Clues about other functions of PhLP1 came from a proteomics screen for PhLP1 binding partners in which a high affinity interaction of PhLP1 with the cytosolic chaperonin complex (CCT) was discovered [67]. This interaction was later confirmed in yeast protein-protein interaction screens [68, 69]. Interestingly, Pdc did not share the ability to binding CCT with PhLP [67]. CCT is an essential chaperone of protein folding found in the cytosol of eukaryotic cells [70, 71]. It consists of eight different but related subunits of ~ 60 kDa packed together to form a ring structure [72]. Two identical rings stack on top of each other to form the holo-CCT complex of sixteen subunits [72]. Nascent polypeptides and denatured proteins associate in a large cavity formed in the center of each eight-membered ring [72]. Amino acid residues within the ring make contacts with the unfolded protein and decrease the activation energy required to form the three-dimensional structure of the native protein [73]. Each CCT subunit binds ATP and uses the energy of ATP hydrolysis to drive the folding process [74, 75]. Actin and tubulin are major cellular proteins that require CCT to fold, but other substrates have been described. In fact, it has been estimated that 10-15% of cellular proteins are assisted in their folding by CCT [76]. Among the known substrates of CCT are Gα [77] and several proteins with seven β-propeller WD40 structures similar to that of Gβ [71, 78, 79]. PhLP1 did not bind CCT as a folding substrate, but rather it interacted in its native form, suggesting a regulatory role for PhLP1 in CCT-dependent folding [67].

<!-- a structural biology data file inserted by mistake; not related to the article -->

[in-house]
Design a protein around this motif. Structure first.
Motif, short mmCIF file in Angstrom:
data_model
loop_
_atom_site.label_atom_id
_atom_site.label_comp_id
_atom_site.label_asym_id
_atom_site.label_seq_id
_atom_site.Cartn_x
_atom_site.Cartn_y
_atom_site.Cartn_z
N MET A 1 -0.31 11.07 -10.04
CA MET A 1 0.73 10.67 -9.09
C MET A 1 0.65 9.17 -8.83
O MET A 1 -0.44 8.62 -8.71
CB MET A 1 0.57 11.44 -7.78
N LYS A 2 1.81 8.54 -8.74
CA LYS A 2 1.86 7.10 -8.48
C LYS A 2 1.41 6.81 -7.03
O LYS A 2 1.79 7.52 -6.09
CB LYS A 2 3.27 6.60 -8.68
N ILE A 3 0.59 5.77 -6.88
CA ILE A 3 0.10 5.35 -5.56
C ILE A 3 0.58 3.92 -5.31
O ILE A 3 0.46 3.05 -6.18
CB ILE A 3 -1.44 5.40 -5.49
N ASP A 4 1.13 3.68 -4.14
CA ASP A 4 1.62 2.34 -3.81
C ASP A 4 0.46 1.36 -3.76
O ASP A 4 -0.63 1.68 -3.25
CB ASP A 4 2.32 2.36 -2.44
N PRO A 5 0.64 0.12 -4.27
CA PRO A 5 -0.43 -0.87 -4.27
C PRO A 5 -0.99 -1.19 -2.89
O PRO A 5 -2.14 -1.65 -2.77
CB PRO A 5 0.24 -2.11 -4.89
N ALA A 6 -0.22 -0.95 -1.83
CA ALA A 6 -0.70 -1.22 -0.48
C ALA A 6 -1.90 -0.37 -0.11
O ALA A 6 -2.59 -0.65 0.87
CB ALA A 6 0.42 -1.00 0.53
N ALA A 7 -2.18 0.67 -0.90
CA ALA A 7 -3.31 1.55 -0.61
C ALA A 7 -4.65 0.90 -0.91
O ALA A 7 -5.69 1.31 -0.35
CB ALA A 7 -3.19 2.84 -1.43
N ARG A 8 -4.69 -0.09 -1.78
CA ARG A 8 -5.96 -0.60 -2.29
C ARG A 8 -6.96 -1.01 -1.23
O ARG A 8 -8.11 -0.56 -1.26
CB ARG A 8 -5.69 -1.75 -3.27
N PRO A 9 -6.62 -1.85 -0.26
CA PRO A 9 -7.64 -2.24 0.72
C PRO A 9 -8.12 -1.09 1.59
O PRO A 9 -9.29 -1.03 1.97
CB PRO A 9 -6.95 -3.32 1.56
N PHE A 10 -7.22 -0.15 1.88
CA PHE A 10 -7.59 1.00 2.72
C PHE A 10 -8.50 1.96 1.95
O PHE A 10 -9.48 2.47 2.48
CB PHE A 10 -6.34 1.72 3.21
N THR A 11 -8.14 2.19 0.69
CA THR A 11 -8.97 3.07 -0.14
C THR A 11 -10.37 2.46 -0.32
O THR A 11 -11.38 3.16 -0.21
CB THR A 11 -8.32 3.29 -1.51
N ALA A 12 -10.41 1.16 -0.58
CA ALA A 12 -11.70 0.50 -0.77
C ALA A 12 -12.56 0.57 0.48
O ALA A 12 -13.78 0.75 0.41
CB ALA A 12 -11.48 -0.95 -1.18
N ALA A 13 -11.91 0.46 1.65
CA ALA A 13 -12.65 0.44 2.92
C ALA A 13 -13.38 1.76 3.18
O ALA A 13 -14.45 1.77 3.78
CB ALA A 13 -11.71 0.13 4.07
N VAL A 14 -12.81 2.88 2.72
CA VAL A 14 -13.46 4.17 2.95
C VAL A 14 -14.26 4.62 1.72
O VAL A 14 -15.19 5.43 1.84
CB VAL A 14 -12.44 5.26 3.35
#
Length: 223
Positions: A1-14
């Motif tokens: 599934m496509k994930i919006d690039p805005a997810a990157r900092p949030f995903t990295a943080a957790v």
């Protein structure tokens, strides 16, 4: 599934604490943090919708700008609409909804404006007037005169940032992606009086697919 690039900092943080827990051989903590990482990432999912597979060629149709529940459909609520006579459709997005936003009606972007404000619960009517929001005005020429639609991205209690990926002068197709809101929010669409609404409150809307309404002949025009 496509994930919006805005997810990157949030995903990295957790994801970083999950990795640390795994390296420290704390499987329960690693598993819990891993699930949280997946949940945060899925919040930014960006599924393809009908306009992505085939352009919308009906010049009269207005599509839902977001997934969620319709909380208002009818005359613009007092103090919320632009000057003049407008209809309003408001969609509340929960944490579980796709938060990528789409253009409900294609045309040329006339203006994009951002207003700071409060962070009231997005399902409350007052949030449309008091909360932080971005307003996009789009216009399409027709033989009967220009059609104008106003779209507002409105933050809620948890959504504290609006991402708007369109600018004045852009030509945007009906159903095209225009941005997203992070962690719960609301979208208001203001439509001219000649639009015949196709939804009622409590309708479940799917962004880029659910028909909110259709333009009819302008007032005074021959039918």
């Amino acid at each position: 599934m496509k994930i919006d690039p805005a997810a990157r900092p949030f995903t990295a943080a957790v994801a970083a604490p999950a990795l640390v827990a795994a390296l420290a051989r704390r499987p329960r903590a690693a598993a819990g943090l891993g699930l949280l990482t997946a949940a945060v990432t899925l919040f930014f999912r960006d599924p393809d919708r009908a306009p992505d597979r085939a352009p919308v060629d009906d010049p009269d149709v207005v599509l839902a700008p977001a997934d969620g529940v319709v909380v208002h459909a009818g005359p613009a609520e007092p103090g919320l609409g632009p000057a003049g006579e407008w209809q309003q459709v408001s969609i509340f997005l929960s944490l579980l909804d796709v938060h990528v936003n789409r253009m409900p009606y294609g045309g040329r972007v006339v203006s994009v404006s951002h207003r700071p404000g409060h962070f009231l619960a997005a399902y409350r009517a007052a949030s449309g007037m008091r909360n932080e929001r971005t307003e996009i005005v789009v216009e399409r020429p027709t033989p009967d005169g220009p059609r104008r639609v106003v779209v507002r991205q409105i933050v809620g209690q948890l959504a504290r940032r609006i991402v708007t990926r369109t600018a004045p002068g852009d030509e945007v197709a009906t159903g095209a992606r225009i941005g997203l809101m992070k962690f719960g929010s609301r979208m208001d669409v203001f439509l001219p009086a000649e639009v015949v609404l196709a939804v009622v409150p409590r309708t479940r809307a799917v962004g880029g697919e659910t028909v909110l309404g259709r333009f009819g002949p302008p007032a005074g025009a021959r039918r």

Important insight into the function of the PhLP1-CCT interaction has come from the structure of the complex determined by cryo-electron microscopy (cryo-EM) [80]. Unlike folding substrates such as actin and tubulin which bind CCT within the folding cavity, PhLP1 bound above the cavity, making contacts with only the tips of the apical domains of the CCT subunits. PhLP1 spanned the folding cavity and constricted the apical domains, effectively occluding the cavity. In many respects, this structure is similar to that of CCT bound to prefoldin, a co-chaperone that delivers actin and tubulin to CCT for folding [81]. These substrates occupy the folding cavity while prefoldin sits above the cavity with protrusions into the cavity [81]. Together, these observations suggested that PhLP1 may act as a co-chaperone for the folding of Gβ subunits by stabilizing an interaction between Gβ, Gγ and CCT until the Gβγ reaches its native state. This idea was consistent with the observation that when PhLP1 was deleted in Dictyostelium, Gβ and Gγ no longer associated with the plasma membrane, but exhibited a cytosolic localization that would be expected if the subunits did not associate [20].